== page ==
TMI

Yesterday I woke up to a rumbling stomach. Actually, rumbling isn’t the word, it was more like a grinding, pinging, can’t-find-third-gear feeling. The next three hours were like going through a colonoscopy prep, minus having to drink gallons of a lemon-lime concoction.

No headache, no fever, just losing my guts.

Once I could wander around the house without being four feet from the bathroom, I started cleaning out the icebox. Maybe the hummus I had at 8:30 the night before was off. (What was I thinking? Oreos at night are the way to go. Carrots and hummus? Who do I think I am?)

The leftover butternut squash from last week was NOT going to turn into soup. The black bananas were NOT going to become bread. The red salad dressing, bought on the spur of the moment, was NOT going to remind me of my childhood.

That purge led me to the pantry. Protein powder with a “best by” date of 2012? Out. Tapioca from 2008? Out. Pickled walnuts? You don’t even want to know how old that jar was.

After the flurry of pretend housekeeping, I took a walk down to the labyrinth where GA and now, 18-year-old Spooky, are buried. They are six feet apart. Peter set it up so the lawnmower can still do it’s job, however it’s a fitting placement for the cairns.

It took 7 years for Spooky to leave her studio apartment in my office and join GA and me on the bedroom floor for the nightly ritual of ending the day. I sat in between them with arms outstretched in order to reach and pat them both. Now they are enjoying each other’s company in the field, socially, physically, and comfortably distant.

I don’t think it was the spoiled tahini as much as the grief churning inside me, that got my engine sputtering and back firing. When we hold feelings in, try to keep control or suck it up, we end up flooding the engine. Mentally and philosophically, I know this. I also know that we need to allow ourselves some time to feel discomfort.

My friend Jo sent me this this morning.

“When you are sorrowful look again in your heart, and you shall see that in truth you are weeping for that which has been your delight.” Khalil Gibran

Sorrow, weeping, and discomfort remind us to think further …deeper. What we had is no longer and that’s sad, however, rather than bemoaning the loss it helps to appreciate the past with delight and appreciation.

Oreos help too.

Namaste- remembering days of animals at play.

I’ll miss the smell of a Frito Lay.

Tonight is the last night with Georgia. Her body is giving up.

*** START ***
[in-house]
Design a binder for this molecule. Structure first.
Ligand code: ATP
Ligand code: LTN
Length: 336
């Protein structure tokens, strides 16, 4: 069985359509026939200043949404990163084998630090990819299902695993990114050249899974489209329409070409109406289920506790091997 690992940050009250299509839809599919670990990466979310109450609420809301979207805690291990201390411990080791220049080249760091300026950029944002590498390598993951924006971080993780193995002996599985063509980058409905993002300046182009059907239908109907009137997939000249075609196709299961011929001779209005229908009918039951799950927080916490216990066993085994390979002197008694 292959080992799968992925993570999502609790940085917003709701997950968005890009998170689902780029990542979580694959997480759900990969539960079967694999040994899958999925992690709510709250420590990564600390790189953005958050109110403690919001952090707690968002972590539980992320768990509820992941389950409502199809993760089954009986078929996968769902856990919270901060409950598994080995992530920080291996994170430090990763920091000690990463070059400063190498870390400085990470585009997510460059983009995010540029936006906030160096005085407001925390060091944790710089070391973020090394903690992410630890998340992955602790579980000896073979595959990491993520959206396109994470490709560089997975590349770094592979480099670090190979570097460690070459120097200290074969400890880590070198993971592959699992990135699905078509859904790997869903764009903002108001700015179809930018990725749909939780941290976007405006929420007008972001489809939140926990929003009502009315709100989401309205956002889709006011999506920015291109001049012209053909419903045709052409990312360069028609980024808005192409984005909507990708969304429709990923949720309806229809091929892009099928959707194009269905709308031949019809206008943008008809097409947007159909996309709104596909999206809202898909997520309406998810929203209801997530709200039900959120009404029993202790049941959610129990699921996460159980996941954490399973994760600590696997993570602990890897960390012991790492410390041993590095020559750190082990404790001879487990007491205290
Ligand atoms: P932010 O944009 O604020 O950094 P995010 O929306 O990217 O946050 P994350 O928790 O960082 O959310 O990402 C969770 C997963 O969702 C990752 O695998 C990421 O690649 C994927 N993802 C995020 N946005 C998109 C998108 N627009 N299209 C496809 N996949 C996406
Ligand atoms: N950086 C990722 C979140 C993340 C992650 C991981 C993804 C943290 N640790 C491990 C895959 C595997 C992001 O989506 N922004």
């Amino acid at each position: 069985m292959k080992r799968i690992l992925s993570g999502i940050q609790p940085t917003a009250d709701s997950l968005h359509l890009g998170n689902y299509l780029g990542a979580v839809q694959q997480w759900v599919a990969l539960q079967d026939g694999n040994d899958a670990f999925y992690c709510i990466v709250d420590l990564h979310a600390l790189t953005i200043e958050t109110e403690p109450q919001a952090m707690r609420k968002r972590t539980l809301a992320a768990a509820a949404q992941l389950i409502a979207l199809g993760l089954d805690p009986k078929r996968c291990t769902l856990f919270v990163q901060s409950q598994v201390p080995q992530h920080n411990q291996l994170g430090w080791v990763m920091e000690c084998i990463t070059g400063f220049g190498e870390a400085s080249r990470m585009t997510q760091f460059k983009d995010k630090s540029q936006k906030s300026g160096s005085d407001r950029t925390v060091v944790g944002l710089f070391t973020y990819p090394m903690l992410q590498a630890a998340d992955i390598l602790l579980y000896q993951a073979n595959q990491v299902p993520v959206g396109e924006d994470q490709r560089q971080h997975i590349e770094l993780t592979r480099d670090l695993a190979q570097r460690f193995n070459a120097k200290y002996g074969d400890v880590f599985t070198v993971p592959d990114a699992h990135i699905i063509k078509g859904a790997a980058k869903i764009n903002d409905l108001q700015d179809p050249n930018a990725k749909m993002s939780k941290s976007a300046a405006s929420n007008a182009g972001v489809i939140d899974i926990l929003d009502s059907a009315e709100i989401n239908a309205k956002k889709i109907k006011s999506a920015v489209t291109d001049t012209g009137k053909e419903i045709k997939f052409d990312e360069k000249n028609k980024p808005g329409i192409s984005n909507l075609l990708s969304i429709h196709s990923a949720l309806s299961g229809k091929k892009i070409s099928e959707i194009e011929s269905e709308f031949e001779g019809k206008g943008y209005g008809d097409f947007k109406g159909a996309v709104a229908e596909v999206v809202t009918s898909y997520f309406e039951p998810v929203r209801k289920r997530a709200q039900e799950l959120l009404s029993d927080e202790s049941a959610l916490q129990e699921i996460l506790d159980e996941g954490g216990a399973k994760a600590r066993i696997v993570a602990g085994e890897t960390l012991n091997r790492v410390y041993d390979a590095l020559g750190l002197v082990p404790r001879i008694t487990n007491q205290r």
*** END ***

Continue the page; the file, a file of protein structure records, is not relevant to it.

I made the appointment with the vet three days ago, sort of realizing that nothing could be done over the weekend. I was wishing she would go in her sleep. She doesn’t whimper or moan, she just looks like she’s miserable.

But, she still looks.

Her eyes follow me, so I stay in her foggy vision. The sadness I feel now, is not the idea of her being gone. It’s more that I can’t make her feel better. It’s a sadness that would be relieved, if I could give her a tasty treat to let her drift off into the next world, tranquilly and painlessly. Instead, I have to figure out how to get her into the car tomorrow, without bugging her.

We’ll bury her at the center of the labyrinth, in the field where she spent so much time jumping in the tall grass, as if on a trampoline.

Georgia was rescued at age 3 from a home with 14 cats and three other dogs. That was 11 years ago. I have no doubt that the woman who owned her, and all of the other animals, cared deeply for them when she could.

My beautiful, sweet, brindle, pitbull mix has been my constant shadow until it became too difficult for her to get into the car or climb the stairs to our bedroom.

Everyone who has owned a dog, cat, horse, parakeet, turtle, gerbil or whatever, knows how I feel. It’s nothing new.

It’s the common feeling of a breaking heart.

I need to accept that the creature who gives me so much delight, will soon be gone. I also need to remember that I gave her delight too.

Many who know me, understand that I’m not fond of public sorrow. It’s not that I am so incredibly private, it’s more so that I need to process grief by myself.

I’m doing this public display for those who feel the same way. While writing, I can cry quietly. By writing, I can let those who don’t know me as well know, that yes, I do feel like you, even if it doesn’t seem so.

Letting go of unconditional love is scary, because sometimes we wonder if we will ever feel it again.

And then we do.

Namaste- Georgia’s paws still smell like a Frito-Lay.